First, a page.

“Over a period of years the Claimant had regularly and frequently abused her status as a trusted follower of the Defendant’s personal Instagram account by secretly informing The Sun newspaper of the Defendant’s private posts and stories, thereby making public without the Defendant’s permission a great deal of information about the Defendant, her friends and family which she did not want made public”

This meaning left Rooney with the task of proving that Vardy herself had been involved in the leaking of stories to The Sun.

What kind of stories were being leaked?

In September 2017, Rooney posted on her private Instagram feed a picture of her children, with the text: “No matter where I am they always follow em, and I hope that lasts forever”. The following day, a Sun story appears alleging marriage troubles.

The following month she posted on to Instagram a picture of husband Wayne and their children in matching pyjamas, and on November 1 The Sun ran a story that mentioned a picture of “Wayne cuddling up to their three sons” while “wearing matching pyjamas”.

Coleen Rooney (Peter Byrne/PA) (PA Archive)
Coleen Rooney (Peter Byrne/PA) (PA Archive)

And in January 2019, an article appeared in The Sun about a car crash, which Rooney suspected of being leaked.

Spotting a trend, Rooney laid a trap on her Instagram feed, posting stories that she knew were untrue to a dwindling band of private followers, to see if they made their way into the news.

Posts about gender selection and a trip to Mexico appear, followed in August 2019 with a Sun article headlined: “COL’S BABY GIRL BID Coleen Rooney travelled to Mexico to look into £8k ‘gender selection’ treatment in desperate bid to have baby girl”.

More Instagram posts follow, which are allegedly only seen by Vardy’s account, featuring bogus stories about a flooded basement at the Rooney home and Coleen’s TV career. The Sun stories that were published will be at the heart of the trial.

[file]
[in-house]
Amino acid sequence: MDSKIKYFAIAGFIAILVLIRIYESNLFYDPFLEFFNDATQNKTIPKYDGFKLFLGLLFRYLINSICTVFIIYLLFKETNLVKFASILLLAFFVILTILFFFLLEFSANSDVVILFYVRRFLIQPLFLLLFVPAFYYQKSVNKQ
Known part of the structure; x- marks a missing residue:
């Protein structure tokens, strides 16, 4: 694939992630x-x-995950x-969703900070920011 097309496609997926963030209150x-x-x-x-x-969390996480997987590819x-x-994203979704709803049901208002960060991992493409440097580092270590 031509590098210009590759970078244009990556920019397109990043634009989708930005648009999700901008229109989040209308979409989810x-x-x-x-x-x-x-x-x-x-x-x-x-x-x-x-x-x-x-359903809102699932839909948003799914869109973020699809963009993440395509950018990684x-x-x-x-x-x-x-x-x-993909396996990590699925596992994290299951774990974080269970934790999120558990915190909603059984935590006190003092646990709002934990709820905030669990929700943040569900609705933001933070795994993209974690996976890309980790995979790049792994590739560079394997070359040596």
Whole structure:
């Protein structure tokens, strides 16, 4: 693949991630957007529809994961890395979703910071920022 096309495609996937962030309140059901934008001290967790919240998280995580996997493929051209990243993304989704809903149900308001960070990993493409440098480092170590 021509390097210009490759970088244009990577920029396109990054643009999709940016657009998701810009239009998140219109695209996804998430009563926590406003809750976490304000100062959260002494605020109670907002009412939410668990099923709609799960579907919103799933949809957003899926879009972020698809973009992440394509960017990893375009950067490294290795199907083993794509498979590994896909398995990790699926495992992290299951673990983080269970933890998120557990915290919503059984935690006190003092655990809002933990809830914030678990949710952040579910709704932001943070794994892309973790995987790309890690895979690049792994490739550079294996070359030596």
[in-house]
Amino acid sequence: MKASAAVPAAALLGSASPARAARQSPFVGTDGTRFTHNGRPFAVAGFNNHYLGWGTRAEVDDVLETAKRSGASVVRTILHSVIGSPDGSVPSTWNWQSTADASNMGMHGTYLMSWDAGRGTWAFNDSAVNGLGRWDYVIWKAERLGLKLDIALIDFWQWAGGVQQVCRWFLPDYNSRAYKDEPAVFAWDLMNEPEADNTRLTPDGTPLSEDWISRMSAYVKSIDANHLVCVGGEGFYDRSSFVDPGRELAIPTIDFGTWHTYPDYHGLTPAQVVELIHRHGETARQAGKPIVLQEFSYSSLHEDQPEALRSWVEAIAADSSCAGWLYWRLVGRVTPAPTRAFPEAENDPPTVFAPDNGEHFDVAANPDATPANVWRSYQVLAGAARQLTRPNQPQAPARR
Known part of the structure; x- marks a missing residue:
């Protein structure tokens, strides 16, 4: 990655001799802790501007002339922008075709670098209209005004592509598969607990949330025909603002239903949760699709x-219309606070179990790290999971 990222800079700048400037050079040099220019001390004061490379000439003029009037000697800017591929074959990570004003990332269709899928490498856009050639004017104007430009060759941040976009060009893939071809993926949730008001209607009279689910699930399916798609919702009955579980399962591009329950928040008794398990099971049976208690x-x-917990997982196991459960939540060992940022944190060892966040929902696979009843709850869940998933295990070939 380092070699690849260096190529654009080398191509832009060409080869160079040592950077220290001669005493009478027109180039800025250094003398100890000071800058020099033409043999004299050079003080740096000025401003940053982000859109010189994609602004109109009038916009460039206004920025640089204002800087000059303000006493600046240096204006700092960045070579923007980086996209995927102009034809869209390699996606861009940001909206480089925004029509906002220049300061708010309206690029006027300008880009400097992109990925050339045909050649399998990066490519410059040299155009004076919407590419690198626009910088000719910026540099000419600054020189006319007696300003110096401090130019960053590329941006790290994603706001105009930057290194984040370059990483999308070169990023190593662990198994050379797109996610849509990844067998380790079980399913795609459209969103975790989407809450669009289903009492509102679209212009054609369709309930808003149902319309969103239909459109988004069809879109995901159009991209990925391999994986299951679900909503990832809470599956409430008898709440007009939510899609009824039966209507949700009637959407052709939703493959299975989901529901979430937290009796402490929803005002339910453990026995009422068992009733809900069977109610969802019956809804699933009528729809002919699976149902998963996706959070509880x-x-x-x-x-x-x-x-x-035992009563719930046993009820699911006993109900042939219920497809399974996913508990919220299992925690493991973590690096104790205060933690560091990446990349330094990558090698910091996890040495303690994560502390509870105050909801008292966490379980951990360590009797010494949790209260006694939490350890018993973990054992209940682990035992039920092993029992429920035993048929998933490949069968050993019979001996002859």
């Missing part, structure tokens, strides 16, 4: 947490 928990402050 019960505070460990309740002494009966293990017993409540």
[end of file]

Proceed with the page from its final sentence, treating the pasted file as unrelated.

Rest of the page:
Where are the battle lines drawn?

Coleen says her Wagatha Christie post was, like the author’s famous detectives, absolutely right about the culprit – it was Rebekah Vardy’s account, and she intends to prove that it was Vardy herself.

In response, Vardy says she has been maligned by her former friend, claiming the allegation was false and defamatory.

 (Getty Images)
(Getty Images)

Pre-trial skirmishes have revealed uncomfortable messages exchanged between Vardy and her agent and friend Caroline Watt, which are set to be central to the case.

In January 2019, Vardy and Watt were discussing the Rooney car crash and Vardy commented in texts: “she’s a nasty bitch x” – a remark she claims was aimed at someone other than Rooney. She also added: “Would love to leak those stories x”, but says that doesn’t not mean she actually leaked anything.

In a message, Watt told Vardy: “I would have tried to have done a story on Coleen but the evidence has been deleted”, which Rooney suggests betrays the nature of their relationship with the media.

Rooney was harbouring suspicions of a leak months before the bombshell Twitter post, and at one point unfollowed Vardy on Instagram. Vardy asks Watt: “U seen Coleen’s Twitter”, and the agent replies “Such a victim. Poor Coleen…And it wasn’t someone she trusted. It was me”.


The following month, in February 2019, Watt tells her friend: “If she does try to say it or that it was me and it’s undeniably obvious what we’ll do is say I left the company I was working for in jan and one of the girls in the office has my old laptop that had your passwords saved on it so it will have been them and now you will have to change everything.”

When, in October 2019, the allegation is made by Rooney, Vardy texts Watt to say: “That’s war”.

In reply, Watt tells her: “You will have to say that you don’t speak to anyone about her but that recently your insta has even been following people you don’t follow. And she should come to you first and asked you about it. So you could have changed your password.

“Just say you have allowed a company to access it for sponsored posts and a former social media agency that you worked with too”.